Plans made to preserve Kosovo's cultural heritageThe United Nations mission in Kosovo is in the process of transferring control over reconstruction efforts to the Council of Europe. RFE/RL correspondent Jolyon Naegele reports on the first efforts since the arrival of NATO-led forces last June to save Kosovo's cultural monuments.
By Jolyon Naegele
The Council of Europe is developing a plan to preserve Kosovo's cultural heritage, the destruction of which is defined by the U.N.'s war crimes tribunal as a war crime.
The move follows more than six months of virtual neglect by the U.N. administration in Kosovo (UNMIK) of the province's war-damaged monuments, museums, and libraries.
The Council of Europe and the European Commission have agreed to establish a high-level group of experts to prepare a detailed survey of the damage and destruction to the architectural and archeological heritage of all ethnic and religious groups throughout the region.
Once they complete the survey this spring, they will establish a list of priorities and set up teams of experts from local, provincial and federal (Yugoslav) levels, representing all groups in Kosovo, to develop proposals by this summer for action.
Since the arrival of the NATO-led peacekeeping force, KFOR, last June, protection for cultural monuments has been limited to Serbian Orthodox churches. Nevertheless, more than 50 churches in Kosovo have been damaged by vandalism since June.
By far the most thorough survey to date has been conducted by a Harvard University librarian, Andras Riedlmayer, and two architects, an American and an Albanian. They spent three weeks in Kosovo conducting a survey of architectural monuments, libraries, historical archives, public records and museums.
Riedlmayer says that Serbian forces in 1998 and 1999 caused widespread destruction to some 500 villages in Kosovo and severely damaged or destroyed more than 200 mosques, or one in three Muslim houses of worship. The Serbs also gutted the overwhelming majority of some 500 defensive stone towers known as kullas, traditionally inhabited by large Kosovar Albanian families.
One of the survey's goals is to assess damage and reconstruction efforts and to identify projects and institutions in need of assistance.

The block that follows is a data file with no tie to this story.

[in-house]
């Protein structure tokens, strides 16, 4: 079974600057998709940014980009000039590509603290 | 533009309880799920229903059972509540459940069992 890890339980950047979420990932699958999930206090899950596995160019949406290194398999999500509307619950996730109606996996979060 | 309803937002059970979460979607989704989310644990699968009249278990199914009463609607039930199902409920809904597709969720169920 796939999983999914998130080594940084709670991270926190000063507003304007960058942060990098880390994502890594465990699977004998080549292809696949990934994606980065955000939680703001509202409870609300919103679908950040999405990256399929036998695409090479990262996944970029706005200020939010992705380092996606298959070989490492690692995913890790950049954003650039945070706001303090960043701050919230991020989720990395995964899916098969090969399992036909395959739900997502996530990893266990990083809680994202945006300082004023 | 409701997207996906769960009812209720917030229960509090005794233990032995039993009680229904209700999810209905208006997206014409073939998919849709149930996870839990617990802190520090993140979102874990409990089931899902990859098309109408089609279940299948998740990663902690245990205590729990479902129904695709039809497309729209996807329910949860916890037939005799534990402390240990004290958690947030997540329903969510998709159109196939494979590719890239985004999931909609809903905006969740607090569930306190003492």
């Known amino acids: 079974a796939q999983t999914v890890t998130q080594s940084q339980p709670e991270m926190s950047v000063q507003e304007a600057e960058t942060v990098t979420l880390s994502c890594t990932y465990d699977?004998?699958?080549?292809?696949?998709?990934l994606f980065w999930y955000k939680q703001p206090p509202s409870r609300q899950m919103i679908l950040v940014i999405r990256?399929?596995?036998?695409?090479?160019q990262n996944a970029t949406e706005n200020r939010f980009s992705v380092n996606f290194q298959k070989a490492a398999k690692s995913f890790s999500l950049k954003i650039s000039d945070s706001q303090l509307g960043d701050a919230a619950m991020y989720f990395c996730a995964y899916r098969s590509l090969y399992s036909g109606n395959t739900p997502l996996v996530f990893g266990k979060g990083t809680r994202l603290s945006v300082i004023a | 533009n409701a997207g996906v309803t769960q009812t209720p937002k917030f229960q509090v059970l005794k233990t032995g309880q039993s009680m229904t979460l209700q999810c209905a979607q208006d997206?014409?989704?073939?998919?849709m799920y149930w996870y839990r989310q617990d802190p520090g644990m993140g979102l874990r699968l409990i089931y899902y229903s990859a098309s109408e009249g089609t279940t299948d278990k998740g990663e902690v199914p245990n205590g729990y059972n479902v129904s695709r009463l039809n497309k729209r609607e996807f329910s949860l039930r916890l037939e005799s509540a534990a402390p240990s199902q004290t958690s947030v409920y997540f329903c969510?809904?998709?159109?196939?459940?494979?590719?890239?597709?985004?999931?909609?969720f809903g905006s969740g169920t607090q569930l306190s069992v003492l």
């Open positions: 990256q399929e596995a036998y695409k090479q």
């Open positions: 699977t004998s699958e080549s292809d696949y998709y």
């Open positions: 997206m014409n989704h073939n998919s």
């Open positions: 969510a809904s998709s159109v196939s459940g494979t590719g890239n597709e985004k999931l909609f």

Riedlmayer says the destruction of Serbian Orthodox village churches in Kosovo since the end of the war is a tragedy. But, as he puts it, "It is also wrong to ignore...the massive and deliberate destruction of Albanian religious and cultural heritage by Serbian police, soldiers, and paramilitaries."
Another purpose of the survey is to gather evidence to support investigations of the Office of the Prosecutor of the U.N.'s war crimes tribunal at The Hague, into war crimes allegedly committed by Yugoslavia's indicted President Slobodan Milosevic and five others.
"As you know, the deliberate destruction of cultural property without overriding military necessity is a war crime. And the indictment against Milosevic actually specifies among the charges the destruction of cultural and religious heritage. On the other hand, when we talked to the prosecutor's office at The Hague they told us that they had no one with either the time or the expertise on their side to look into this."
The Hague tribunal last May indicted Milosevic and five other senior Serbian and Yugoslav officials with "criminal responsibility for violations of the laws or customs of war." The tribunal's statute says this includes "seizure of, destruction, or willful damage done to institutions dedicated to religion, charity, and education, the arts and sciences, historic monuments, and works of art and science."
Riedlmayer's survey team visited some 80 sites and collected documentation on a further 120 sites. Riedlmayer's preliminary report in mid-December alleged that there was a clear pattern of systematic targeting by the Serbian forces of mosques in Kosovo -- including a number of important monuments from the 15th and 16th centuries.
In the survey's words: "In the majority of cases, it was evident...that this was not collateral damage from fighting between Belgrade's forces and the Kosovo Liberation Army (UCK) rebels, nor the result of NATO's bombing."
"Given that on any kind of population basis, Belgrade's claim to sovereignty over Kosovo is rather weak...and so heritage has played a disproportionate role in the politics of Kosovo, at least since the 1980s... Then when Belgrade took over direct rule in 1989 and 90, one of the first things that happened was a revision of the listed monuments in Kosovo."
Riedlmayer says the California-based Packard Humanities Institute has given a grant of $24,000 to pay for material and labor to conserve Kosovo's 100 most-endangered buildings until funding for reconstruction becomes available.